Share this

Prisoners of the White House: The Isolation of America’s Presidents and the Crisis of Leadership, Kenneth T. Walsh

Reviewed by Mark Nevin



More than 40 years ago, George Reedy, a veteran reporter and former Lyndon B. Johnson press secretary, argued in The Twilight of the Presidency that the growing power and isolation of the modern presidency had rendered presidents deaf to any sources of public opinion beyond the White House and, as a result, had made it impossible for them to govern effectively or democratically.

Kenneth Walsh, a longtime White House correspondent, readily acknowl­edges that the White House can be, in Harry Truman’s words, a “nice prison” (p. 97) and is aware of the dangers of presidential isolation. In fact, he argues that the isolation has only gotten worse over the last four decades. Unlike Reedy, however, Walsh contends that some “prisoners of the White House” have managed to scale the White House walls and stay connected to the people.

Walsh identifies “four fundamental ways in which today’s presidents keep in touch” (p. 12)—intuition, polls, the press, and Congress—and then evaluates various presidents from Franklin Roosevelt through Barack Obama based on their success in using these tools to break out of the White House prison. According to Walsh, four modern presidents, Johnson, Richard Nixon, Jimmy Carter, and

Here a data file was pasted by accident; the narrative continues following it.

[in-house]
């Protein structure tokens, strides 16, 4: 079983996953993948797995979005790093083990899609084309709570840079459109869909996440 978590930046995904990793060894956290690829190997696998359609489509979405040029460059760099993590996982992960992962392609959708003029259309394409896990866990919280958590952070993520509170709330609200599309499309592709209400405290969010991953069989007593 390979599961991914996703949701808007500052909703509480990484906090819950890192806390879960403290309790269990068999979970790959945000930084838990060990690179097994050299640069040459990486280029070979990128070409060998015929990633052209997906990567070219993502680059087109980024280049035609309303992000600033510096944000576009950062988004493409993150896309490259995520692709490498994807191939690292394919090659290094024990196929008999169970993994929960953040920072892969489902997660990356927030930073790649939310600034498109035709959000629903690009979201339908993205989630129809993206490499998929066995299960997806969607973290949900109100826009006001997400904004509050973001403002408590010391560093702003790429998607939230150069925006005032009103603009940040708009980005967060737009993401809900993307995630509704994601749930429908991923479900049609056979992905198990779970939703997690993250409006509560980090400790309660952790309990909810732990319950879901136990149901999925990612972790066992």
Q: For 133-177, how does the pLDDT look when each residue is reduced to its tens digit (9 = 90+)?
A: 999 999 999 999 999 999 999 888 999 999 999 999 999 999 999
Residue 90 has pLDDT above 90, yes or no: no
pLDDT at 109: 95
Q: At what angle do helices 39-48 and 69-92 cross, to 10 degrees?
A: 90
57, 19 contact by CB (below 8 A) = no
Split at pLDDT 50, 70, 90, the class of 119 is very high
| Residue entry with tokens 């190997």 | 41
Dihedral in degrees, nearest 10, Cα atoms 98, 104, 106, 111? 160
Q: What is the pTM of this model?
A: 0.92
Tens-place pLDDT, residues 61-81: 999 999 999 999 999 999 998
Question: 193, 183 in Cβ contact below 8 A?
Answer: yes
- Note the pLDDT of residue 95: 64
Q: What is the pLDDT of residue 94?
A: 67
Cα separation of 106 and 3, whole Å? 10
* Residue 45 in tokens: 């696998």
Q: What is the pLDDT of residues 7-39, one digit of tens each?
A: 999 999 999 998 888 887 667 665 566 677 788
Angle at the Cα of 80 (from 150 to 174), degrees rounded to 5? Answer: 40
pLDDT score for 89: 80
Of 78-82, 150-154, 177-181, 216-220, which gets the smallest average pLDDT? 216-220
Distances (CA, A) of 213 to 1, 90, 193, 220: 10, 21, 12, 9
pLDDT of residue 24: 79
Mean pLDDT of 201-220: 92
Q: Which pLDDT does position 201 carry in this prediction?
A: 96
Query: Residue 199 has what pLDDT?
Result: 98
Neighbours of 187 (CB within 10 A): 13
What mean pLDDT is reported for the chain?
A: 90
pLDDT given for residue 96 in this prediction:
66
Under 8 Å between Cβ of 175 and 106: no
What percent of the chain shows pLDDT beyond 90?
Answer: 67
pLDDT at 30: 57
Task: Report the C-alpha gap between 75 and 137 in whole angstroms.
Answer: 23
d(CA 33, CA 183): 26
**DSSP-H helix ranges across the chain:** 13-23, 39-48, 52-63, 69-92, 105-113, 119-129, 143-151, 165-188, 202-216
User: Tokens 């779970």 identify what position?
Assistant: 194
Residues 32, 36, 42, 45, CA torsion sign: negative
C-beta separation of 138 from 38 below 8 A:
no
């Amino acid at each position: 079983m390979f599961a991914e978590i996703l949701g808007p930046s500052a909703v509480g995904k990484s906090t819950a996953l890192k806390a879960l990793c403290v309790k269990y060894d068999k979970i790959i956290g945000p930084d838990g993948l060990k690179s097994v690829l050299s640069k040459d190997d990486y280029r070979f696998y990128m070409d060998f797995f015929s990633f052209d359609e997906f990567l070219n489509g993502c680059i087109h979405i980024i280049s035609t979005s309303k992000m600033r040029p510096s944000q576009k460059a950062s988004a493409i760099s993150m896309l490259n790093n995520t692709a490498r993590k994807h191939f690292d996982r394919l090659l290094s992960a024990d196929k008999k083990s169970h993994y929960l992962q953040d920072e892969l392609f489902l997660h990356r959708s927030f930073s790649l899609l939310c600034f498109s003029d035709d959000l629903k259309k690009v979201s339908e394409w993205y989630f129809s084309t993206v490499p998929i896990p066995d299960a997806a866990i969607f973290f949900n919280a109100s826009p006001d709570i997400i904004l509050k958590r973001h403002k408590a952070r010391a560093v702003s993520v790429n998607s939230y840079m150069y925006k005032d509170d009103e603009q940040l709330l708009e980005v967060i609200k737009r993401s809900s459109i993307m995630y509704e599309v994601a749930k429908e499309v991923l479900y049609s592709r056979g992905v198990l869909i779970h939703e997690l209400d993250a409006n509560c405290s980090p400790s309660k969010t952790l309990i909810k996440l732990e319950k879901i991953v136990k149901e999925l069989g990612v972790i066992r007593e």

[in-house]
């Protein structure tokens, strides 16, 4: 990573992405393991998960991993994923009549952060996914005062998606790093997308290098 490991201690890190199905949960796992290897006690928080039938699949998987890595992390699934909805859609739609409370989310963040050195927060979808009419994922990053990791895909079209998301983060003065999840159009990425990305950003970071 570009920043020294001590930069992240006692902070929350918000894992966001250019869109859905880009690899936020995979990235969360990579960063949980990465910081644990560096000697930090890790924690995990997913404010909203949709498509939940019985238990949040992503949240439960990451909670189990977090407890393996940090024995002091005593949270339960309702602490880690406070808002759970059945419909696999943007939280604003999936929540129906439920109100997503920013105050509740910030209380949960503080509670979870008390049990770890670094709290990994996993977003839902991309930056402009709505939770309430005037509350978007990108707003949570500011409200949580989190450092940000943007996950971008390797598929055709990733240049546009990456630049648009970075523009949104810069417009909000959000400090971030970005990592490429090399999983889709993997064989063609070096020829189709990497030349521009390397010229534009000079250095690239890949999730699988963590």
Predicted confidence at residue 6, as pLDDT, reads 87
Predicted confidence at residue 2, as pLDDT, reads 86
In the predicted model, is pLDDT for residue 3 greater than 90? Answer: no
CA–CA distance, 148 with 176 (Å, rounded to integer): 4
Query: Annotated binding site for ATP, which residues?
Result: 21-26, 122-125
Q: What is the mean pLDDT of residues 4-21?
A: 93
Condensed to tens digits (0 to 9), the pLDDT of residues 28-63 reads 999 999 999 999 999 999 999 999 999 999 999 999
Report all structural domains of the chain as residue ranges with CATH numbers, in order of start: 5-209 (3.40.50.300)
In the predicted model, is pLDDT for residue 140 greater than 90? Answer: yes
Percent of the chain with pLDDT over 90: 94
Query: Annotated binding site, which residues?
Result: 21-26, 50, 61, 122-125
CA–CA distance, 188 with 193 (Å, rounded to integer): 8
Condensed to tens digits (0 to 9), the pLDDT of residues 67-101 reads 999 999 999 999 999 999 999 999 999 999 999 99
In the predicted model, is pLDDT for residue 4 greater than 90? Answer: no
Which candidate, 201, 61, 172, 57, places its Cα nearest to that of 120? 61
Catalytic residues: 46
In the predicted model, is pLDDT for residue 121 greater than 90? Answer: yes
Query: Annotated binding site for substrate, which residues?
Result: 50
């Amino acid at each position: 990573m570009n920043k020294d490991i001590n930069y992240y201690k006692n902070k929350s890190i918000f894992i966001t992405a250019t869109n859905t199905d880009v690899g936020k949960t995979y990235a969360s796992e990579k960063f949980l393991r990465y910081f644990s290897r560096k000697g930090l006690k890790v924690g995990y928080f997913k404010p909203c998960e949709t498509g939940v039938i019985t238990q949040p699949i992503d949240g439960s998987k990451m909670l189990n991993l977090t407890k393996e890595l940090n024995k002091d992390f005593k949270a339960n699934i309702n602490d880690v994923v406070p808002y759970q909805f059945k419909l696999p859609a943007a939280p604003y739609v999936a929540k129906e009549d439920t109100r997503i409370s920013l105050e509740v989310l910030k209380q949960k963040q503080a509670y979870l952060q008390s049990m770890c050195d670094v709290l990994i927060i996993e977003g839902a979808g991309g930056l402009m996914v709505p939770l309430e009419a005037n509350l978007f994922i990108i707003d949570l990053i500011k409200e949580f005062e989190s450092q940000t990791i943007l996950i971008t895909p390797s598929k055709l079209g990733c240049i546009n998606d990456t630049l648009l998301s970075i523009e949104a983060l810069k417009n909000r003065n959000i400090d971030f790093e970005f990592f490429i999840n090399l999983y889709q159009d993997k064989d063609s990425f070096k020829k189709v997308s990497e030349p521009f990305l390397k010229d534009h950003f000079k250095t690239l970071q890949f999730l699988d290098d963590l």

To continue reading, see options above.

About PSQ's Editor

Demetrios James Caraley

Full Access

Join the Academy of Political Science and automatically receive Political Science Quarterly.

Editor’s spotlight

North Korea and the West

The Debate over North Korea


Search the Archives

Publishing since 1886, PSQ is the most widely read and accessible scholarly journal with distinguished contributors such as: Lisa Anderson, Robert A. Dahl, Samuel P. Huntington, Robert Jervis, Joseph S. Nye, Jr., Theda Skocpol, Woodrow Wilson

view additional issues

New APS Book

Continuing Issues in U.S. National Security Policy   CONTINUING ISSUES IN U.S. NATIONAL SECURITY POLICY

Most read

Articles | Book reviews

Understanding the Bush Doctrine
Robert Jervis

The Study of Administration
Woodrow Wilson

Notes on Roosevelt's "Quarantine" Speech
Dorothy Borg

view all

About US

Academy of Political Science

The Academy of Political Science, promotes objective, scholarly analyses of political, social, and economic issues. Through its conferences and publications APS provides analysis and insight into both domestic and foreign policy issues.

Political Science Quarterly

With neither an ideological nor a partisan bias, PSQ looks at facts and analyzes data objectively to help readers understand what is really going on in national and world affairs.

Stay Connected

newsstand locator
About APS